Naperville Astronomical Association
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NAA Calendar of Events

Sunday Monday Tuesday Wednesday Thursday Friday Saturday

November 27

28

29

30

December 1

2
Members Only Night at AEC @ 7:00pm

3
Public Night at our Astronomy Education Center @ 7:00pm- 10:00pm
volunteers needed

4

5

6
NAA Regular Meeting @ 7:30pm

7

8

9

10

11

12

13
NAA Board Meeting

14

15

16

17

18

19

20
Astronomy Fundamentals Program @ 7:30pm

21

22

23

24

25

26

27

28

29

30
Members Only Night at AEC @ 7:00pm

31

January 1

2

3
NAA Regular Meeting @ 7:30pm

4

5

6

7
Public Night at our Astronomy Education Center @ 7:00pm- 10:00pm
volunteers needed

8

9

10
NAA Board Meeting

11

12

13

14

15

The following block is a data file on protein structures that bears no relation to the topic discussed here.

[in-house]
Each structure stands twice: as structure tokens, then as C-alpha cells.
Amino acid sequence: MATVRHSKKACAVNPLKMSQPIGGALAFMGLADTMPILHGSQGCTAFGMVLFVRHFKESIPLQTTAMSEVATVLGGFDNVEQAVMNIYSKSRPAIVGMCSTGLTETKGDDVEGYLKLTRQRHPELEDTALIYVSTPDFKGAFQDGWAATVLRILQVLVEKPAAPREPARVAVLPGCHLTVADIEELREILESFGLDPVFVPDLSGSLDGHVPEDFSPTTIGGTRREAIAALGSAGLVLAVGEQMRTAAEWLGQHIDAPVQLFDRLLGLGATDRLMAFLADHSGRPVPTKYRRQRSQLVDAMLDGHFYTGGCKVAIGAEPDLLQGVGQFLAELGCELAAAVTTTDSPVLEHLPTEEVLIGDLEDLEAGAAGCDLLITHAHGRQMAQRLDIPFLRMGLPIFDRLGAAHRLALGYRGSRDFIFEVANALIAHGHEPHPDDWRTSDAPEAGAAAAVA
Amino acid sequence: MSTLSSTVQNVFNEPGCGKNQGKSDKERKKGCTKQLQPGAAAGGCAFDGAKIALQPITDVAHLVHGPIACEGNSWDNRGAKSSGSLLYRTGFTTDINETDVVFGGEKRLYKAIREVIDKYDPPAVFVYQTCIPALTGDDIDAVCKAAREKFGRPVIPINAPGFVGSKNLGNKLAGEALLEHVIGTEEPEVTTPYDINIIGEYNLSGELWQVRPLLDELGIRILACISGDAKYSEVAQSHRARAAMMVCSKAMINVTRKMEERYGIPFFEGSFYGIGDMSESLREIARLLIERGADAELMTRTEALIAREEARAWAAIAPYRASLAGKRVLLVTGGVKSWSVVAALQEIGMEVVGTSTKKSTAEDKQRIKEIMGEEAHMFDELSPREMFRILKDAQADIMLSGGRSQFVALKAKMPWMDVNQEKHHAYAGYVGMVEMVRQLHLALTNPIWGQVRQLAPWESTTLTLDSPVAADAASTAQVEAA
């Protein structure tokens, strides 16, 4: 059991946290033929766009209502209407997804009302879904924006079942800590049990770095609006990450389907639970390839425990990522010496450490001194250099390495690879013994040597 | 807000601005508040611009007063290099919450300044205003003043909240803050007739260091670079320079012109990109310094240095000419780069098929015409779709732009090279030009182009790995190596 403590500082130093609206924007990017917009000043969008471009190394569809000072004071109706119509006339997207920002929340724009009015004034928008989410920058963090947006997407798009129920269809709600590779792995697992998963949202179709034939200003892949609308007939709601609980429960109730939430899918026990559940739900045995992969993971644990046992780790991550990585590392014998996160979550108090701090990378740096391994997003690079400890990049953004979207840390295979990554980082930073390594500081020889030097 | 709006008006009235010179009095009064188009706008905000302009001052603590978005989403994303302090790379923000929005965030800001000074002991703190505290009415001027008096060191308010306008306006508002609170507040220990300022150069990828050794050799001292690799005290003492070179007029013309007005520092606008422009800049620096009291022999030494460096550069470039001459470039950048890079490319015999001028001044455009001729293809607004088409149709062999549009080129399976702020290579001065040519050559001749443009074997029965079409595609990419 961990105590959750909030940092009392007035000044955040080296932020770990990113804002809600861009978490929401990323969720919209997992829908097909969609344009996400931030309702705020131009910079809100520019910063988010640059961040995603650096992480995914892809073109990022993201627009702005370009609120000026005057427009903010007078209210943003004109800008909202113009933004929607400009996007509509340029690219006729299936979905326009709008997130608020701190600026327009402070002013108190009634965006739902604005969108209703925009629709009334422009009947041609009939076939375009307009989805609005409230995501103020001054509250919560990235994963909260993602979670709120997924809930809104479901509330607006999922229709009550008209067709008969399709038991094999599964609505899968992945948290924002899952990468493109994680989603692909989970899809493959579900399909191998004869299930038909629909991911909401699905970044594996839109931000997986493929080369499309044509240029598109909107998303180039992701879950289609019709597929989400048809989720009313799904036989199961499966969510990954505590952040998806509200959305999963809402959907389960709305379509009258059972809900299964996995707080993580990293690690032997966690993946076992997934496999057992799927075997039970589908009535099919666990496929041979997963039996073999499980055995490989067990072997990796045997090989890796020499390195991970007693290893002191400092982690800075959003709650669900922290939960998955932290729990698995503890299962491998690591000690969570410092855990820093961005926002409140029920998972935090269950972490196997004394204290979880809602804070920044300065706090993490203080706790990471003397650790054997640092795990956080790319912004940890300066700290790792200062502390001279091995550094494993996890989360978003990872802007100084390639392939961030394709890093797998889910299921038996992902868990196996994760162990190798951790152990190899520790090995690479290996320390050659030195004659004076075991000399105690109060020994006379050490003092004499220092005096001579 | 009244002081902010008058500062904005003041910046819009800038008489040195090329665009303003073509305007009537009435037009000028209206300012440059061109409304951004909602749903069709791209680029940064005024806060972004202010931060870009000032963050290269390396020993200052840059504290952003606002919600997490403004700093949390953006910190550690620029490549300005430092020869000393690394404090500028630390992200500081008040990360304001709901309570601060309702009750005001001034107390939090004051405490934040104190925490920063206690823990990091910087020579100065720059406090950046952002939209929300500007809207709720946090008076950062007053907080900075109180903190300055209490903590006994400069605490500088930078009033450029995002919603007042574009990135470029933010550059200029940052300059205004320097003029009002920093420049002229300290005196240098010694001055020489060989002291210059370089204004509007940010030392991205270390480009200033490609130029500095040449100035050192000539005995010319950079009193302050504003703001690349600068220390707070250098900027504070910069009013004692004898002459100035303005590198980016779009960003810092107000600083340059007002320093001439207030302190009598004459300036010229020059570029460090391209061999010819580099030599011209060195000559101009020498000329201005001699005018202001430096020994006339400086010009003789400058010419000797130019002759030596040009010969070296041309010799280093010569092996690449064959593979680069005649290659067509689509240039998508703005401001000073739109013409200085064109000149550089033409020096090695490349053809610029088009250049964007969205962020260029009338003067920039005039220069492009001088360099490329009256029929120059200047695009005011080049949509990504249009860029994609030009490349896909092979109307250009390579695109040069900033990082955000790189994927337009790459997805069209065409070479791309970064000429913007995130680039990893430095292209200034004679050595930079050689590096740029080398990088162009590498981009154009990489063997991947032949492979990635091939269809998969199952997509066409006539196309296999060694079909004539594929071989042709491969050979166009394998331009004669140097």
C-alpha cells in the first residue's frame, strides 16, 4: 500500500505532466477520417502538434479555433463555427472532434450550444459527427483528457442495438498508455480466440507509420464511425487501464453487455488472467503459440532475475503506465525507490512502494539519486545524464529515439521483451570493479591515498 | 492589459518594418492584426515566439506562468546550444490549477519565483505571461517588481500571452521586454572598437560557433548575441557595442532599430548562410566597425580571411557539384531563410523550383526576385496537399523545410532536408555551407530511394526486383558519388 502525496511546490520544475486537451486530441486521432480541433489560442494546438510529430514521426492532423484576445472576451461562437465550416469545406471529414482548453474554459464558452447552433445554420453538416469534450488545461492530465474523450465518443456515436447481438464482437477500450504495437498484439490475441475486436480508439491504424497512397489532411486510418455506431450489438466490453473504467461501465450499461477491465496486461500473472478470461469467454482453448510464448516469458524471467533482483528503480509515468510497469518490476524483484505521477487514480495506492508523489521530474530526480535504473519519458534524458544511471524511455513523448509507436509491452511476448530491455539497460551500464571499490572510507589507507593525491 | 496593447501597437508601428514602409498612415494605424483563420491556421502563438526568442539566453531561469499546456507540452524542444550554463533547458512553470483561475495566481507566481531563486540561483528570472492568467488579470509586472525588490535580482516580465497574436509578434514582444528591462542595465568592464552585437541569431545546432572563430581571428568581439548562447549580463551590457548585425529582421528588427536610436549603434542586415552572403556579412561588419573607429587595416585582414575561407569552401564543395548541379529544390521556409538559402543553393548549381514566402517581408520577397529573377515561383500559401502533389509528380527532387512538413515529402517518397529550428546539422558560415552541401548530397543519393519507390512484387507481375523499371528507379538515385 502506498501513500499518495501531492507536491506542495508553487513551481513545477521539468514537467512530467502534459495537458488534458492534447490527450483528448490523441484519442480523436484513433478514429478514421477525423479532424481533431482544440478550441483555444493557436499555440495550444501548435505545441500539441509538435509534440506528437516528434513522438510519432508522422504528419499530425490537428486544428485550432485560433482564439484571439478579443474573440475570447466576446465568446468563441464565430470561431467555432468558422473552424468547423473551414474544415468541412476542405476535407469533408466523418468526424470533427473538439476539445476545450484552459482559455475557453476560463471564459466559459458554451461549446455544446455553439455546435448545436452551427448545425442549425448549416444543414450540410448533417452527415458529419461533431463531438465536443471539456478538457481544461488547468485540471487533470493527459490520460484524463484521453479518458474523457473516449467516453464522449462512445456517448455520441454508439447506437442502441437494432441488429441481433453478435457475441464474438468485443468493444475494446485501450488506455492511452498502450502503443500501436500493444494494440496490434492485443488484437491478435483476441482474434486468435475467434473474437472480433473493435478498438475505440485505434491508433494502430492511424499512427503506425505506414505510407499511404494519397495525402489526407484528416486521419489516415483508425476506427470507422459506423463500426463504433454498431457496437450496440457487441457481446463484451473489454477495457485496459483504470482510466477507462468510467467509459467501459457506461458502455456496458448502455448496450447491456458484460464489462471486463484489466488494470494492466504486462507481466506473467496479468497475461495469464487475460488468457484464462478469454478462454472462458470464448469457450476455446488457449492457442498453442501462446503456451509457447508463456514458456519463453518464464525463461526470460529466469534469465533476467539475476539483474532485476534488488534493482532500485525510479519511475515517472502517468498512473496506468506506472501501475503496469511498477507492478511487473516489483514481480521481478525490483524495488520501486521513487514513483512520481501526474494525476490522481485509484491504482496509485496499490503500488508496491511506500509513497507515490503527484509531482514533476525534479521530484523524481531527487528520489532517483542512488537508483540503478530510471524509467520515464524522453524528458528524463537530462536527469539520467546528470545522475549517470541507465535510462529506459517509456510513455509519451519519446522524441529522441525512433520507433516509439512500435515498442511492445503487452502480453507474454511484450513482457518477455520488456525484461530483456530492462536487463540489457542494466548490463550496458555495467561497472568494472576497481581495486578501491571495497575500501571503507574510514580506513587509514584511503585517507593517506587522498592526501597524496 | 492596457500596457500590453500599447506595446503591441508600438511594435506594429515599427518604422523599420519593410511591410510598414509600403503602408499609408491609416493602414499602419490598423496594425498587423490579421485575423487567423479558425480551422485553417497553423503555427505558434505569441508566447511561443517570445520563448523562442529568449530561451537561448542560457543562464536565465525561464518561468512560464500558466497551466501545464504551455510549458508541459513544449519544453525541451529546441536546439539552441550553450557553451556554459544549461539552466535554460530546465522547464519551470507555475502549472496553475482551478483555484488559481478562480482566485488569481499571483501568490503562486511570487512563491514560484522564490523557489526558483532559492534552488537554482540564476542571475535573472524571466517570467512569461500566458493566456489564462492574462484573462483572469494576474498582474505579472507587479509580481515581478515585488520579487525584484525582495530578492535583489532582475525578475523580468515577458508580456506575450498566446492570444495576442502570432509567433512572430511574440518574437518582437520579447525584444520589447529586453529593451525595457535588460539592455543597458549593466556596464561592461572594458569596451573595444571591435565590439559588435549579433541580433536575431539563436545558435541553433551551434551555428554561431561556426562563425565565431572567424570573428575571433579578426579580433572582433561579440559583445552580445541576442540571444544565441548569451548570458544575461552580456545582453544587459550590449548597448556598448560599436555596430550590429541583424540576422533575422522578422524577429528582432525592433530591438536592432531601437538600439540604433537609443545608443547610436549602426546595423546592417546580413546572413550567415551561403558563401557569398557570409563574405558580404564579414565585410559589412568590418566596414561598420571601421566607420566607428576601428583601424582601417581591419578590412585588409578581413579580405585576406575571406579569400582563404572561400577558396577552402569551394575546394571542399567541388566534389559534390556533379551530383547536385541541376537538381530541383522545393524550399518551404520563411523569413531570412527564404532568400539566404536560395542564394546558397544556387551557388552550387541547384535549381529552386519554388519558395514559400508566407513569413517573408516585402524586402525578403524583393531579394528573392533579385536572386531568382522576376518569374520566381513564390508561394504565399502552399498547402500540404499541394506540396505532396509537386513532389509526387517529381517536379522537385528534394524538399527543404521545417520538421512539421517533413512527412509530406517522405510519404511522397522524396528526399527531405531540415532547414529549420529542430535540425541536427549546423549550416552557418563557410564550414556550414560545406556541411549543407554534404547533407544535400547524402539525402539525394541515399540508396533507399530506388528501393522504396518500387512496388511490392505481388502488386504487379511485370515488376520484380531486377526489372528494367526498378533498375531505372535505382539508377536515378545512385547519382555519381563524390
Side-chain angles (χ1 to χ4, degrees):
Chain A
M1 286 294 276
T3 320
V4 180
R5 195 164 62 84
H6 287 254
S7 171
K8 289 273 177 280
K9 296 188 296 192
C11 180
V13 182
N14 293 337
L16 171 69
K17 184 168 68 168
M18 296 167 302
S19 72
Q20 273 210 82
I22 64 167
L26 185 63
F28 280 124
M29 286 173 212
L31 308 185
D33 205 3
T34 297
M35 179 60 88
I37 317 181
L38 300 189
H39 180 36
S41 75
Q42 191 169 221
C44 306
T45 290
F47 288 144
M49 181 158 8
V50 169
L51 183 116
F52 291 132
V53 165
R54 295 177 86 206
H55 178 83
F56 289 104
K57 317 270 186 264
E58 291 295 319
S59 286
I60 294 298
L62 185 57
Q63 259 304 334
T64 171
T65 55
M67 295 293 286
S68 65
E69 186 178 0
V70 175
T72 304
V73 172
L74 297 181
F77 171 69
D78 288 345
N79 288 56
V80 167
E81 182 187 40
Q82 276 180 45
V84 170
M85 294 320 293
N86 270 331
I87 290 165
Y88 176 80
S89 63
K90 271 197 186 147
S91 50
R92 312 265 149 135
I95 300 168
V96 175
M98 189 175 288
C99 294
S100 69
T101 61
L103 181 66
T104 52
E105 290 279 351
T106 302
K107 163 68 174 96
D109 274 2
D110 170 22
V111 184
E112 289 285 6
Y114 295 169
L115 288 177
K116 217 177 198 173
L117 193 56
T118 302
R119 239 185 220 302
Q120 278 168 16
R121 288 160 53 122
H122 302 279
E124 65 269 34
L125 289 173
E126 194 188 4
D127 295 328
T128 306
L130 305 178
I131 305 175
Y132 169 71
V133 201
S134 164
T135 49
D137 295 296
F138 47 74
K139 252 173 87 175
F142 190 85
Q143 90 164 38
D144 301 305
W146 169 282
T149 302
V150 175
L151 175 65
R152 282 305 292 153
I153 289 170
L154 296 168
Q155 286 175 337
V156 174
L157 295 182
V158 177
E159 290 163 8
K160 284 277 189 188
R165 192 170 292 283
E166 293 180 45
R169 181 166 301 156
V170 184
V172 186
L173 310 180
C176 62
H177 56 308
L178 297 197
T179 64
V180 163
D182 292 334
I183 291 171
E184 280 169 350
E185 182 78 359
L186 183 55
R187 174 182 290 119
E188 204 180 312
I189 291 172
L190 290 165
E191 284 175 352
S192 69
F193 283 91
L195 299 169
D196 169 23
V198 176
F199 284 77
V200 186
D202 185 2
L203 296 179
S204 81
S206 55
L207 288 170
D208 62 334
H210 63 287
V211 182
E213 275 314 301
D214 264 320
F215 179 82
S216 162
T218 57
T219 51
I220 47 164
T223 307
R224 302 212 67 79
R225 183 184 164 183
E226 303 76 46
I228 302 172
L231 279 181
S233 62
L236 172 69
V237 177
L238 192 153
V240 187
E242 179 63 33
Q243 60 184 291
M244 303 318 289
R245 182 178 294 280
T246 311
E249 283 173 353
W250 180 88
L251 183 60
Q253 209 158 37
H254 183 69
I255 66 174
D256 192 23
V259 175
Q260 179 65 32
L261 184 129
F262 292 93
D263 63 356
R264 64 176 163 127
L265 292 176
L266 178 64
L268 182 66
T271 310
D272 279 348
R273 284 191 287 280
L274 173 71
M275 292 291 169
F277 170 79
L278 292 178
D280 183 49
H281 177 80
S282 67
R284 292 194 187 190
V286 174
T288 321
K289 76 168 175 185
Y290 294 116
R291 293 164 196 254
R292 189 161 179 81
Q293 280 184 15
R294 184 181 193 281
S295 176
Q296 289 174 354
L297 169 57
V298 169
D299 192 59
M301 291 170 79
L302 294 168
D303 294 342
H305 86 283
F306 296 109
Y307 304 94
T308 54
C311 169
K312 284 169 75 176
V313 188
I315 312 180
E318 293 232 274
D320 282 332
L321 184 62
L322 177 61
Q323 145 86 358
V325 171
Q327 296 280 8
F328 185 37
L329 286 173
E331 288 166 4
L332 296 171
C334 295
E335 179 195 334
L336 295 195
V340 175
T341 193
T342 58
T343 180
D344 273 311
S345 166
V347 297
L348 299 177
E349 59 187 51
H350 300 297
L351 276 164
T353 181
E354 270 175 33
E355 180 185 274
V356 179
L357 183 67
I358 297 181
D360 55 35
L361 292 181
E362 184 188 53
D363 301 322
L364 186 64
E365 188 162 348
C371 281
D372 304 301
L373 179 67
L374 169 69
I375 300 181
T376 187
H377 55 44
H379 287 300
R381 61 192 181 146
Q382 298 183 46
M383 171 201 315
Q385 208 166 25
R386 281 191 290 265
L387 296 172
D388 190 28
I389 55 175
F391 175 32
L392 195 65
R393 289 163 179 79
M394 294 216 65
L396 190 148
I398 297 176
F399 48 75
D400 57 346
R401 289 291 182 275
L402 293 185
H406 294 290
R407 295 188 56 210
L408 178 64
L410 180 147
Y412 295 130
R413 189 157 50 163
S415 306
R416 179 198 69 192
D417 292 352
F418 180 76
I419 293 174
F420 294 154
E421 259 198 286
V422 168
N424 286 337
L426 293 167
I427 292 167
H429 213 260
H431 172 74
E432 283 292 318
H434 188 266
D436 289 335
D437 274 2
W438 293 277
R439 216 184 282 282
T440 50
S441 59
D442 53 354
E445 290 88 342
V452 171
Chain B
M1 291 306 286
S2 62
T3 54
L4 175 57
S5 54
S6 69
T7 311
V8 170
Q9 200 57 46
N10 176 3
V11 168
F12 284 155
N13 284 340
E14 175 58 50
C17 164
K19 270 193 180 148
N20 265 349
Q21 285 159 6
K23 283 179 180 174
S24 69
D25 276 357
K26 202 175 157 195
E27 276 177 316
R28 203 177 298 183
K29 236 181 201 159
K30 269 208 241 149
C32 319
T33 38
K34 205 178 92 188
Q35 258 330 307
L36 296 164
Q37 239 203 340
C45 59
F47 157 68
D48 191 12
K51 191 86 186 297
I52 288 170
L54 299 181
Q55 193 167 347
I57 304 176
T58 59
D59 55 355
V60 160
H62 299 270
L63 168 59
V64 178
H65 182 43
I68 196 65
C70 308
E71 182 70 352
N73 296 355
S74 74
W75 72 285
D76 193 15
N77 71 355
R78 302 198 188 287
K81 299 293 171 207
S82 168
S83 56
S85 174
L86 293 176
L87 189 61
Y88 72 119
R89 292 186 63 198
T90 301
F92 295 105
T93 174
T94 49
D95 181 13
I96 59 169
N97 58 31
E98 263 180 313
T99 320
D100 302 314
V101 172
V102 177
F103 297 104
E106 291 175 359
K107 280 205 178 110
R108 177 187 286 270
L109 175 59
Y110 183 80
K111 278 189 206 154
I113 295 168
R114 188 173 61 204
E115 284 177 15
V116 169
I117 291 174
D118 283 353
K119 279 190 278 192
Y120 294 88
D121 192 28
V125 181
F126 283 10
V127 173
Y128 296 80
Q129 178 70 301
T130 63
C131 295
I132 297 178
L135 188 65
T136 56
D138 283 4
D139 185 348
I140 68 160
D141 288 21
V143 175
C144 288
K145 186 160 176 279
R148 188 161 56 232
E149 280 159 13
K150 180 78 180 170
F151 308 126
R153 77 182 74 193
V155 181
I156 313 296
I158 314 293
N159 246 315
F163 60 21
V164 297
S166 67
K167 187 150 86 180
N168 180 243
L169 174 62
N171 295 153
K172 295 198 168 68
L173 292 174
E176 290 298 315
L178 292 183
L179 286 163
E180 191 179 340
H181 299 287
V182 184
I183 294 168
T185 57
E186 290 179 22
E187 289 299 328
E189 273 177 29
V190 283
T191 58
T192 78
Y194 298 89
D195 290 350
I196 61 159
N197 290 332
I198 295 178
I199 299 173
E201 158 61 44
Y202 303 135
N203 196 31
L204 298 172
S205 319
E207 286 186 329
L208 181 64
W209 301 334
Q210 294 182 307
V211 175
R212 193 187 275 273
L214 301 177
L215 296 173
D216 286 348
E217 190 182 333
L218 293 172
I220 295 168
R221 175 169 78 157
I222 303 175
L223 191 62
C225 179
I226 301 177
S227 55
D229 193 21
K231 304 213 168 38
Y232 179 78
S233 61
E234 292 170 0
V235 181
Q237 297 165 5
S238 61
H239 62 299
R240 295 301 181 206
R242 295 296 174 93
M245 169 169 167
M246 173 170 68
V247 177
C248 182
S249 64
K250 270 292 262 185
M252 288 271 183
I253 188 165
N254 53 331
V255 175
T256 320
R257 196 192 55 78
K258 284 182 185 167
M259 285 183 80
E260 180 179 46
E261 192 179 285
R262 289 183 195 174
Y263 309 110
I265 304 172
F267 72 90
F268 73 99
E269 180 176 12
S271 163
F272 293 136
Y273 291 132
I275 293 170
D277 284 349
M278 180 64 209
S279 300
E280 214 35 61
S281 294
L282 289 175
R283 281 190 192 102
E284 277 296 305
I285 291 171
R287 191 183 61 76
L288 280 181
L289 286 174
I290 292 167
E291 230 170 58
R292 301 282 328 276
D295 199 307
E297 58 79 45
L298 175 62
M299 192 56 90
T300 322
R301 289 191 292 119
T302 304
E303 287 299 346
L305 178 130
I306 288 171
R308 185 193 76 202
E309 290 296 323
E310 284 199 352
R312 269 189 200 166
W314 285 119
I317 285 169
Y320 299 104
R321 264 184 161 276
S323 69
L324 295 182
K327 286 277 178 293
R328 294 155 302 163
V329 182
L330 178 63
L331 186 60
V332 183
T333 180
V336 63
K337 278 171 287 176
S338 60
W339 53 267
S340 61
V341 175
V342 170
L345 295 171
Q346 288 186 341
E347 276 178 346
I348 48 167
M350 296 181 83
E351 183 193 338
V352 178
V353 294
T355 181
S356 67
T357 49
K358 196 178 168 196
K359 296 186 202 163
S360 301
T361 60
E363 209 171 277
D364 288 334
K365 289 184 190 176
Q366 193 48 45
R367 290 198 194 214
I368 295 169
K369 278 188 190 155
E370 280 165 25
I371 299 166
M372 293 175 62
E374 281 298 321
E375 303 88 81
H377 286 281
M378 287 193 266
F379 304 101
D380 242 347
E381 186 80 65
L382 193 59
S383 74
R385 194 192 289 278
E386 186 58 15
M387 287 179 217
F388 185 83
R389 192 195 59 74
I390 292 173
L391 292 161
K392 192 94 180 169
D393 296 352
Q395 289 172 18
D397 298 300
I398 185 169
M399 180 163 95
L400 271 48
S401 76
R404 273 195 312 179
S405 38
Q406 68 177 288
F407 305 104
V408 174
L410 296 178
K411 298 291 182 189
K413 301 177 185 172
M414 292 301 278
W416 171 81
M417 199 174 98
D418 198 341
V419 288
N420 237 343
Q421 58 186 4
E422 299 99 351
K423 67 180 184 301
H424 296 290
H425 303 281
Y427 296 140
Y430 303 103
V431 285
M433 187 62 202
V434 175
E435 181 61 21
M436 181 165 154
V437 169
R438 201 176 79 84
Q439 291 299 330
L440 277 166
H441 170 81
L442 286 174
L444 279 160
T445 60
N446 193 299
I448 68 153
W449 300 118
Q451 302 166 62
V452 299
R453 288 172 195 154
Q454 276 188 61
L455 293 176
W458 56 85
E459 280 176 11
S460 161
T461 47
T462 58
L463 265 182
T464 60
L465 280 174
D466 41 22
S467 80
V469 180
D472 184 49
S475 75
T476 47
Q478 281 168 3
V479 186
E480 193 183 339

16

17
Astronomy Fundamentals Program @ 7:30pm

18

19

20

21
Public Night at our Astronomy Education Center @ 7:00pm- 10:00pm
volunteers needed

      Green entries indicate events which are open to the public (come join us!)
      Purple entries are events being run by other organizations; we provide an outside link for more information, if one is available.
      Black entries are events for club members only. Click here to find out how to join the club.
      volunteers needed indicates an event which member volunteers will be staffing; NAA members are encouraged to respond to announcements asking for volunteers.


Real-Time Posting of Weather Cancellations for Observing Events

Check our Home Page for Go/Cancel notices posted several hours before scheduled starting times
or subscribe to the @naperastro Twitter feed for mobile alerts.


   

The Presentation for our December 2016 monthly meeting


The Evolution of Binary Stars


Presenter: Dr. Arend J. Poelarends, Wheaton College
Date: Tuesday, December 6th, 2016
Location: Naperville Municipal Center, downstairs meeting room B (see map for directions)
Time: 7:30 pm.

More than half of the stars we see in our galaxy are members of multiple star systems, held in orbits with their companions by gravity, rather than being "off on their own" like our Sun.